Sandra Fluke on Her Role in the Contraception Controversy
Last week Sandra Fluke became famous overnight. But the cascading sequence of events leading to Rush Limbaugh’s tirade against the 30-year-old Georgetown law student began two months ago. At a Republican presidential debate on Jan. 7, moderator George Stephanopoulus mystified Mitt Romney — and many observers — by pressing Romney about his views on contraception. Two weeks later, the Obama Administration announced it would require Catholic universities and charities to include birth control as their health coverage. Republican presidential candidates accused Obama of launching a “war on religion.” Catholic bishops balked at the mandate. And in mid-February, around the time Obama acceded to pressure and softened the rule, GOP Representative Darrell Issa, the chairman of the House Committee on Oversight and Government Reform, scheduled a Feb. 16 hearing entitled, “Has the Obama Administration Trampled on Freedom of Religion and Freedom of Conscience?”
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Democrats on the committee tapped a low-level staffer to find a witness whose testimony and profile would juxtapose nicely with the tableau of white men Issa planned to call. The staffer found a video clip of Fluke speaking at the National Press Club on Feb. 9, when she was one of several Catholic students to defend the Obama Administration’s ruling. Fluke was eloquent, female and a student at a Jesuit institution to boot. “We couldn’t have picked a better witness,” says a Democratic committee staffer, who would not reveal the identify of the colleague who located Fluke.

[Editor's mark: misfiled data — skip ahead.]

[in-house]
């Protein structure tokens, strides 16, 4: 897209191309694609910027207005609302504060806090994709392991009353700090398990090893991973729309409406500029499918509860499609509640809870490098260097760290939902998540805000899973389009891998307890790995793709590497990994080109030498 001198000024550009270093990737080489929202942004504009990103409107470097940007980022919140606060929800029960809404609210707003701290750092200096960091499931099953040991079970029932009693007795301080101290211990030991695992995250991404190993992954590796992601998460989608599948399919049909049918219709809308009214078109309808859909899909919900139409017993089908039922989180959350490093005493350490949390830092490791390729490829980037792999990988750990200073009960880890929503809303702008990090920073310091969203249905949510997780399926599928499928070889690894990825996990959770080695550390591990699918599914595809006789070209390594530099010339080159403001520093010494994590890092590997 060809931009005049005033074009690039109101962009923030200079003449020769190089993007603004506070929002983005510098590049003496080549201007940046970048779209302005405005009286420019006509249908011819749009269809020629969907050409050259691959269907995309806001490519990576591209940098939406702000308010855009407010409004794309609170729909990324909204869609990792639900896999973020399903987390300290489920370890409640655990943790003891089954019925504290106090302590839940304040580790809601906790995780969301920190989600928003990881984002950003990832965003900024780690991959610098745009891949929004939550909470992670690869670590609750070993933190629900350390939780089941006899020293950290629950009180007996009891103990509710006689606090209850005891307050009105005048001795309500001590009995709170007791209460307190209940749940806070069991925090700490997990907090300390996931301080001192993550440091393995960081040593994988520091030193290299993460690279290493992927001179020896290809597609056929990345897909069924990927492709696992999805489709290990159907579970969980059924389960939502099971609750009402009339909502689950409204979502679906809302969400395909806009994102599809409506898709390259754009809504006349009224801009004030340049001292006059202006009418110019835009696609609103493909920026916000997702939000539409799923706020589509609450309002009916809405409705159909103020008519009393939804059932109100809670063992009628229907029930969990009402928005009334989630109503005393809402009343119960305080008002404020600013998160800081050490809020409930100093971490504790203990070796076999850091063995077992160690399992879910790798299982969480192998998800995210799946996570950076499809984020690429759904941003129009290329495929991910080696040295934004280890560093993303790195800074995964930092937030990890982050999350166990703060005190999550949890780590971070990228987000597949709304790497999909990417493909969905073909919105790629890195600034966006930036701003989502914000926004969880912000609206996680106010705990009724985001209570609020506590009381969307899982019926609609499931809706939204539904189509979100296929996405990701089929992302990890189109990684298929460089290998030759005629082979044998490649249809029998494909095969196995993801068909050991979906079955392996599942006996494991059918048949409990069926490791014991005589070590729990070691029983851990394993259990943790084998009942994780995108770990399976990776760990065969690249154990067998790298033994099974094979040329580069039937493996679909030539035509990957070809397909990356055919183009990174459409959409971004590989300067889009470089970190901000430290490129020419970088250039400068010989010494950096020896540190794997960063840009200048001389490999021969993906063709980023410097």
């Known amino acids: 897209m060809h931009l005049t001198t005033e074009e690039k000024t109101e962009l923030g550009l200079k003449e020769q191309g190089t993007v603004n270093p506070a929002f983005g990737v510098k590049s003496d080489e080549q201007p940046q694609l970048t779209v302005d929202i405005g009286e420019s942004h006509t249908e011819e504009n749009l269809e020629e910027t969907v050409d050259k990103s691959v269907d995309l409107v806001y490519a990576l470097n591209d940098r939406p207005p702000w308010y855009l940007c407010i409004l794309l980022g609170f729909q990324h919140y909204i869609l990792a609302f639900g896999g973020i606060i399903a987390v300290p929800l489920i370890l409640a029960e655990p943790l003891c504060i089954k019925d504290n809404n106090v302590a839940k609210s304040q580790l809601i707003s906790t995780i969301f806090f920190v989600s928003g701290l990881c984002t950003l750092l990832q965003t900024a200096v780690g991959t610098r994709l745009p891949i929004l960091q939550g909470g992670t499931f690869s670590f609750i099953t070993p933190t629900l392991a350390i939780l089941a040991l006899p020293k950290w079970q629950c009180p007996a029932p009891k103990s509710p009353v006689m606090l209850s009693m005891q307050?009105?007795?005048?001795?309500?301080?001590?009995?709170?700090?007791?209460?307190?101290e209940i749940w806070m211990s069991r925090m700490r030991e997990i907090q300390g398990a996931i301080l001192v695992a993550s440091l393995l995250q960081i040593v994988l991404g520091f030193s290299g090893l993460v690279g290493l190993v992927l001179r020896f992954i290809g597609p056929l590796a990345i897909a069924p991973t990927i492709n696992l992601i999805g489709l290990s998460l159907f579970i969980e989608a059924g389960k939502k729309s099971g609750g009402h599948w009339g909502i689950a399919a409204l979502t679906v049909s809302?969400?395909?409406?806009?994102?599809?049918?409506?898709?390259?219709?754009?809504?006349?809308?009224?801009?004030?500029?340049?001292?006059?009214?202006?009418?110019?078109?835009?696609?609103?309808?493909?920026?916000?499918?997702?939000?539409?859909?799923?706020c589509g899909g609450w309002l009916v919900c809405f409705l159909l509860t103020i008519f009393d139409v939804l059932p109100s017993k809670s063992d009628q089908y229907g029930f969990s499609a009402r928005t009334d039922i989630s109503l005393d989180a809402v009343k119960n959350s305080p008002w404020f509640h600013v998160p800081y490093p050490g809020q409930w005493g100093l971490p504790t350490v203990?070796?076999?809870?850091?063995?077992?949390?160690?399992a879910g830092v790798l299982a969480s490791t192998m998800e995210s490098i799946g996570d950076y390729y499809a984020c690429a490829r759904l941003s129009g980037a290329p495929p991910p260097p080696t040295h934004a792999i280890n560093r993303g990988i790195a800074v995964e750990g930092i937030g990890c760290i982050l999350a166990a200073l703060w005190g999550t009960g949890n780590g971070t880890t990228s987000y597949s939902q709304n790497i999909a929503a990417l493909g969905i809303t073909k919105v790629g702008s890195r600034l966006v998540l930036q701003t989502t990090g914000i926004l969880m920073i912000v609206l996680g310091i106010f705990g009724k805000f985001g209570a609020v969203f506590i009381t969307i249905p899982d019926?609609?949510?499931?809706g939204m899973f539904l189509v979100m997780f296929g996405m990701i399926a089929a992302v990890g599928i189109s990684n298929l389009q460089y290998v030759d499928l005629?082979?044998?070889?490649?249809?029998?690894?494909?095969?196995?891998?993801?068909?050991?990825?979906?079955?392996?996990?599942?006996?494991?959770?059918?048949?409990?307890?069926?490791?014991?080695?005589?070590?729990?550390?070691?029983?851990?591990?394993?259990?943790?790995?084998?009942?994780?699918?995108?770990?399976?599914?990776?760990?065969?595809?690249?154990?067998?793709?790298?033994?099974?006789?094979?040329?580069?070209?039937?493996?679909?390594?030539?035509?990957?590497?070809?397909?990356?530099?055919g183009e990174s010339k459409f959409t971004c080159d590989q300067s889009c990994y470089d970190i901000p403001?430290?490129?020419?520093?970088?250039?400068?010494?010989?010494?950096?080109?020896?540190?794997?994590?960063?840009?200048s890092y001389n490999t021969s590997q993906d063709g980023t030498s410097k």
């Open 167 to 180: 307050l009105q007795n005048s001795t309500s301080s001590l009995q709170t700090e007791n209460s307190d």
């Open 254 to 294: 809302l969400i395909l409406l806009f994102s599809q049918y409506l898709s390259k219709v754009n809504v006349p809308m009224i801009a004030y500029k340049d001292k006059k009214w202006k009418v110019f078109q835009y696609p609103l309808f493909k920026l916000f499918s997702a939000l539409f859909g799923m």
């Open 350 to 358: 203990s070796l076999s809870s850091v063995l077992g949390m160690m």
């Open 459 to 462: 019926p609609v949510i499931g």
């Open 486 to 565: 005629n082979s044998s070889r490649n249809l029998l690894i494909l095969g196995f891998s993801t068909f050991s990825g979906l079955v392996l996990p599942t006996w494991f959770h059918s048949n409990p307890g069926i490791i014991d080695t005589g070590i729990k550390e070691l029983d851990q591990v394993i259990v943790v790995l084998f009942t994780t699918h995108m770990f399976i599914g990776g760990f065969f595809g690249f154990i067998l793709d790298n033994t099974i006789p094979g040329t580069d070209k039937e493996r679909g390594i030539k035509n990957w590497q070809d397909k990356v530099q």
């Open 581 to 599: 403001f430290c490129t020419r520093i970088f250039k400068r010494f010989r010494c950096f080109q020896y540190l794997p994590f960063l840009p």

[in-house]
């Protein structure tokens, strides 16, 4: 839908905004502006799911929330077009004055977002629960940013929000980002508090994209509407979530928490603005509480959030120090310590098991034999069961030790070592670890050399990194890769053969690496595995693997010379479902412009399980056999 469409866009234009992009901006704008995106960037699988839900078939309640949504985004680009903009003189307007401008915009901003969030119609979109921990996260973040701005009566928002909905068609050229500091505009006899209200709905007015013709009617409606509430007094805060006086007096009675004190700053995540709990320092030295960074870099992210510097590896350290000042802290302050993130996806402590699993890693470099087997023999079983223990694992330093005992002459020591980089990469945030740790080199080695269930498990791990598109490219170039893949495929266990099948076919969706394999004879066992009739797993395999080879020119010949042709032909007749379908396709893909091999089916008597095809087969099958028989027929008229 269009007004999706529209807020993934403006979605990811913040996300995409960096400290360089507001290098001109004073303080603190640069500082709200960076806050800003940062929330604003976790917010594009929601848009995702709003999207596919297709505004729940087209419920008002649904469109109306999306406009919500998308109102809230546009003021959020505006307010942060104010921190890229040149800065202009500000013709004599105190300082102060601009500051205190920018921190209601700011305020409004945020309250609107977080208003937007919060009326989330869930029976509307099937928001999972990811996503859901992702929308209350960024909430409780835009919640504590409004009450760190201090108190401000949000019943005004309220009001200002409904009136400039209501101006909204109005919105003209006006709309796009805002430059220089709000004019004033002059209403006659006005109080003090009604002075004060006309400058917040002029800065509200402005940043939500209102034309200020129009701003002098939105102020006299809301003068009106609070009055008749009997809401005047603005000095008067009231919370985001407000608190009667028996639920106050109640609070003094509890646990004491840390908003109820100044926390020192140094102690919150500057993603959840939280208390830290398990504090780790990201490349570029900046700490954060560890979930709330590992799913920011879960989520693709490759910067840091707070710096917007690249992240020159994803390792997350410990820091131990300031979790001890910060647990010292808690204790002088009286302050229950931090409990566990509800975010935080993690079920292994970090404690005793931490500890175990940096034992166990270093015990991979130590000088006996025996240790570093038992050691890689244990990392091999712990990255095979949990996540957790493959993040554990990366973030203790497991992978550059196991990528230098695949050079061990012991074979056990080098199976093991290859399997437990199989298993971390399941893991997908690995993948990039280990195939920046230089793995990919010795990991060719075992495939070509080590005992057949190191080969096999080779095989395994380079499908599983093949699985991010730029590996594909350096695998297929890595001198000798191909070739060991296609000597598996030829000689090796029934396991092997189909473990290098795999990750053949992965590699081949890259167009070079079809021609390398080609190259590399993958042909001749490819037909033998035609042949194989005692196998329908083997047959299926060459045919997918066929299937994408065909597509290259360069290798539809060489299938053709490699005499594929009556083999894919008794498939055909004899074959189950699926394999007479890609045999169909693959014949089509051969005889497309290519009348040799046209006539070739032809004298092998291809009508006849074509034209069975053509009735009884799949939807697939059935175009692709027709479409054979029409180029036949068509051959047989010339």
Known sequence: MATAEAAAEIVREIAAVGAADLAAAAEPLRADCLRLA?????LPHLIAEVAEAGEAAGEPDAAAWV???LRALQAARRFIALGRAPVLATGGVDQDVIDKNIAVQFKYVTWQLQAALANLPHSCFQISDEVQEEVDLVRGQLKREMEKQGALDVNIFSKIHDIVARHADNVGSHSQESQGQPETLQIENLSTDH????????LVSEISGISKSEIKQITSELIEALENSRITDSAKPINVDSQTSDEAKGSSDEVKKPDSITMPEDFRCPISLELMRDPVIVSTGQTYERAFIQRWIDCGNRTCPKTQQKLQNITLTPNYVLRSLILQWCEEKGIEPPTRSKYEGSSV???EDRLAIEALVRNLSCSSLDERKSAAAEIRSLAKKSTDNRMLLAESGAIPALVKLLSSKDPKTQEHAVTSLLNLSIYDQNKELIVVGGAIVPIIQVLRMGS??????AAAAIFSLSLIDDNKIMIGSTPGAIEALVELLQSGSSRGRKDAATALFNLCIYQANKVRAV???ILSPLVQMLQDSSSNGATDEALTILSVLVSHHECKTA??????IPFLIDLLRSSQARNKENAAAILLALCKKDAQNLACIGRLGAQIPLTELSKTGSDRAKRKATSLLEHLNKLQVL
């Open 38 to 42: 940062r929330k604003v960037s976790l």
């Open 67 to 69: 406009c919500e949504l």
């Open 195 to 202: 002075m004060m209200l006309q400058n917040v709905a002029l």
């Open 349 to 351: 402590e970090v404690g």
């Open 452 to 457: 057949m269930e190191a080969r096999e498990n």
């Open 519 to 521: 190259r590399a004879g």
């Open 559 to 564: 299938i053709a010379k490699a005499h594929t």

Issa didn’t agree. He excluded Fluke, arguing that testimony on the benefits of the contraception mandate fell outside the bounds of a hearing held to scrutinize the rule. But it’s easy to see why Democrats considered Fluke (pronounced Fluck) compelling enough to hold their own hearing on Feb. 23, during a Congressional recess. Fluke is soft-spoken and earnest. She kept her poise, voice faltering only slightly, as she told the story of a gay friend who needed prescription birth control to prevent the growth of ovarian cysts. When Georgetown declined to cover the pills on the grounds that they were intended to prevent a pregnancy, Fluke said, her friend developed a cyst “the size of a tennis ball” that required the removal of her ovary. As Fluke noted, oral contraceptives, which can be costly, are often prescribed for medical issues unrelated to preventing pregnancy. “A woman’s health takes a back seat to a bureaucracy focused on policing her body,” she told the assembled members of Congress.